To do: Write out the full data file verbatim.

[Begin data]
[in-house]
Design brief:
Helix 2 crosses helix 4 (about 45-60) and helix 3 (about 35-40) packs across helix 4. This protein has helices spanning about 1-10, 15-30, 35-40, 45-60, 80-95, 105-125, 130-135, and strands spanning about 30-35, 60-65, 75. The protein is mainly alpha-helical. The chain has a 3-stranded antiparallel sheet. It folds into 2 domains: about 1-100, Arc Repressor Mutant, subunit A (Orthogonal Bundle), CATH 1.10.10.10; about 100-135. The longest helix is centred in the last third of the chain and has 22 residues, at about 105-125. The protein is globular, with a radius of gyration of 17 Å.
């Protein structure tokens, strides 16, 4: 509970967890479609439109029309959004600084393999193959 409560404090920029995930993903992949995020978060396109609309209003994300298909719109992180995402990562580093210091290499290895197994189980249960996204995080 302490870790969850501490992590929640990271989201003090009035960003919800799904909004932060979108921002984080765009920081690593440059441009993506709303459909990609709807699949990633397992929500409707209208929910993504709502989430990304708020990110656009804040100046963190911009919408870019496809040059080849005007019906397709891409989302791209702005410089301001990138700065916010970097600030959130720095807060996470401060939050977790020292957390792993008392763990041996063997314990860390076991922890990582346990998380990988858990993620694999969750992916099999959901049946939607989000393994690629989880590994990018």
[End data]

[in-house]
Design brief:
Helix 2 crosses helix 4 (about 45-60) and helix 3 (about 35-40) packs across helix 4. This protein has helices spanning about 1-10, 15-30, 35-40, 45-60, 80-95, 105-125, 130-135, and strands spanning about 30-35, 60-65, 75. The protein is mainly alpha-helical. The chain has a 3-stranded antiparallel sheet. It folds into 2 domains: about 1-100, Arc Repressor Mutant, subunit A (Orthogonal Bundle), CATH 1.10.10.10; about 100-135. The longest helix is centred in the last third of the chain and has 22 residues, at about 105-125. The protein is globular, with a radius of gyration of 17 Å.
């Protein structure tokens, strides 16, 4: 509970967890479609439109029309959004600084393999193959 409560404090920029995930993903992949995020978060396109609309209003994300298909719109992180995402990562580093210091290499290895197994189980249960996204995080 302490870790969850501490992590929640990271989201003090009035960003919800799904909004932060979108921002984080765009920081690593440059441009993506709303459909990609709807699949990633397992929500409707209208929910993504709502989430990304708020990110656009804040100046963190911009919408870019496809040059080849005007019906397709891409989302791209702005410089301001990138700065916010970097600030959130720095807060996470401060939050977790020292957390792993008392763990041996063997314990860390076991922890990582346990998380990988858990993620694999969750992916099999959901049946939607989000393994690629989880590994990018």